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Alleged PMO obstruction in SNC Lavalin case

Oldgateboatdriver

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Brihard said:
Oh, absolutely. But as I mentioned a couple posts back, if the vote had simply not been hell, JP or JWR would likely have hauled that fact out by now. The statement to the speaker that it was voted to be deferred to the party convention is both completely plausible, and easily refutable had that not been the case. By all means ask for receipts, but I don't see any room for deception on that particular point. It would be absurd to even try.

Except that it is improper for a voter - any voter in any type of vote - to actually vote on behalf of someone without that right to vote. It is for members of Parliament here to vote individually as part of their role as MP on how they want their caucus to work. It's not for them to defer and act for the party. If they had differed by a few weeks/months so they could each consult their constituent - that is people at large in their riding - that would be OK as they represent those people - not the party.

Also, I feel that there is more blame to go around here, as we are three years into the mandate: Those recorded votes are supposed to be forwarded to the Speaker. So why has his office not contacted the various party leaders yet to inquire of the votes and their records? I think that is the reason he ruled the way he did: He also screwed up.
 

Kirkhill

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Thanks for that OGBD.

I have been puzzling over the issue of who is responsible for administering the Parliament Act since the Speaker of the House of Commons said it wasn't his job.

If not his, then whose?

In some senses Parliament is the ultimate in self-regulating associations - like Doctors, Lawyers, Engineers and such-like.  Their authority derives from them effectively policing themselves so that the courts don't have to step in.

Parliament says the courts can't regulate it.  But what if it won't regulate (I should say "effectively regulate") itself then it risks having itself regulated.
 

Haggis

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Given that today the Public Prosecution Service of Canada elected to stay/withdraw (not sure which yet) the charge against VADM Norman, it will be interesting to see their next moves in this case.  Will a similar decision of "no likelihood of conviction" be rendered?  Will The DPP, who decided to stay/withdraw the Norman charge, now decide that a DPA is the way ahead for SNC-Lavailn?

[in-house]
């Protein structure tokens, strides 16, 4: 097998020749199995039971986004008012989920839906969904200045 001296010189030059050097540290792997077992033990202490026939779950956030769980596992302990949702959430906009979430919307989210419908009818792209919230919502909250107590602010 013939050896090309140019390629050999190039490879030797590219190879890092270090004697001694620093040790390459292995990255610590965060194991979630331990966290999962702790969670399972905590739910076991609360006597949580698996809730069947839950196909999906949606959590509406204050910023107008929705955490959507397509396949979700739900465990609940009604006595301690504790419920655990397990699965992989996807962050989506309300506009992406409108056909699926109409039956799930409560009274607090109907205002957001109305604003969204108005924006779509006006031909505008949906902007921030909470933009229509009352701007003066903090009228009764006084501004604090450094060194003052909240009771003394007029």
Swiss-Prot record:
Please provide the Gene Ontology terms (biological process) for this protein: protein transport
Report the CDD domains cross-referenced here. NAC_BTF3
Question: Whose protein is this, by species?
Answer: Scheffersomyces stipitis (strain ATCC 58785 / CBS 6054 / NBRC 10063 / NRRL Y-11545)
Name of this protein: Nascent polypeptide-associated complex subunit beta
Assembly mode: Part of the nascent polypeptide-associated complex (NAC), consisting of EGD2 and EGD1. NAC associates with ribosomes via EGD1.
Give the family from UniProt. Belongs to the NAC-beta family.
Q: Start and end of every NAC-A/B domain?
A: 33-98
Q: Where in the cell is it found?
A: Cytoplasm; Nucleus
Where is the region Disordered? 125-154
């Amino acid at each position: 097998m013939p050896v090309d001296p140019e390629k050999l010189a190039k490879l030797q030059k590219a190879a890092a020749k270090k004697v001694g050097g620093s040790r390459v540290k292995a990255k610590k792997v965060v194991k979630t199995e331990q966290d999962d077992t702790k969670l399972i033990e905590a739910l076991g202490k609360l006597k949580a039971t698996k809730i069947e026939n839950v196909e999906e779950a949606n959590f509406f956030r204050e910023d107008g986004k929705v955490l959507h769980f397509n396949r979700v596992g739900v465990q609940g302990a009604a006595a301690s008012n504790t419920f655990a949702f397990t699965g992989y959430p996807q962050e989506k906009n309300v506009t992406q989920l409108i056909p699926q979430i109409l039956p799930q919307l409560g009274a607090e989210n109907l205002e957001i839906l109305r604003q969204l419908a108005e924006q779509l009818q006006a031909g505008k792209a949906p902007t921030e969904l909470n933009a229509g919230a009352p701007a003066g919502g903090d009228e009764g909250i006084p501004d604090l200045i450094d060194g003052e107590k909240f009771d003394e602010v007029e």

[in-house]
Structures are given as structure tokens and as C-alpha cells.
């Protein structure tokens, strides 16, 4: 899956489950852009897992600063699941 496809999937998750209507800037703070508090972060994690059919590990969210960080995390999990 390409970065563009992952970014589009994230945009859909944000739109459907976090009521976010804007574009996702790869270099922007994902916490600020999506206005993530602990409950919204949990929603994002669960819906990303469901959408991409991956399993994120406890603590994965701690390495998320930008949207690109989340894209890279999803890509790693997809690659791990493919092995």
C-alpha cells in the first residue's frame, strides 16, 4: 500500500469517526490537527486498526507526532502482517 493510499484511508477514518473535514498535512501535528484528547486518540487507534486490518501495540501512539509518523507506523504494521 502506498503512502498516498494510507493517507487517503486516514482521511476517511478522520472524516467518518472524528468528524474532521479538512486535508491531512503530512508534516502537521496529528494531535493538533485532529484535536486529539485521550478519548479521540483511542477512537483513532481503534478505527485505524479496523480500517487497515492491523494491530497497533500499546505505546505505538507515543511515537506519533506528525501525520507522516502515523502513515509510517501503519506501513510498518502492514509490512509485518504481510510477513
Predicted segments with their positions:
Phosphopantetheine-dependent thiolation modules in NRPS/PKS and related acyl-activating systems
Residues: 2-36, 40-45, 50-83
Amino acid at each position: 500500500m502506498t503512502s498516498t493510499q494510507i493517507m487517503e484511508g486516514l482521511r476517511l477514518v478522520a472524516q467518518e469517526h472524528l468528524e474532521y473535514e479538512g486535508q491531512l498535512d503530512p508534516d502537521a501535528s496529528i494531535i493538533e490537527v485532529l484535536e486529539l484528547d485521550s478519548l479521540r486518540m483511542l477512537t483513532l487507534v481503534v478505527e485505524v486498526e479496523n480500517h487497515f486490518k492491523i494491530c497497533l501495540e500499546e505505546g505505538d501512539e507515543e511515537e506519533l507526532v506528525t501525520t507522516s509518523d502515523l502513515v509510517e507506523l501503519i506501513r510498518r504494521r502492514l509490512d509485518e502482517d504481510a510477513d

Loachman

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https://www.cbc.ca/news/canada/montreal/snc-lavalin-trial-corruption-bribery-1.5153429

SNC-Lavalin to stand trial on corruption charges, Quebec judge rules

Quebec engineering giant accused of bribing Libyan officials while Gadhafi in power

Jonathan Montpetit · CBC News · Posted: May 29, 2019 10:35 AM ET

There is enough evidence against SNC-Lavalin for the engineering corporation to be tried on fraud and bribery charges, a Quebec court judge ruled Wednesday.

<snip>

Wednesday's court decision, handed down in Montreal, followed an extended preliminary inquiry into accusations that federal prosecutors filed in 2015.

<snip>

Justice Claude Leblond had the option of dismissing the charges if he found there was no chance of a conviction.

<snip>

Asked whether a DPA was still possible, Roy said simply: "The director of public prosecutions has made a decision in that regard."

<snip>

No date has yet been set for SNC-Lavalin's criminal trial. The corporation returns to court June 7, when it will indicate whether it wants a trial by judge or jury.

<snip>

The new federal justice minister, David Lametti, has so far refused to comment on whether the government is still considering offering SNC-Lavalin a DPA. Legally, he can do so up until there is a verdict in the criminal case.

Lametti, on Wednesday, maintained his silence on the issue. He said he wanted to ensure his statements did not influence the court proceedings.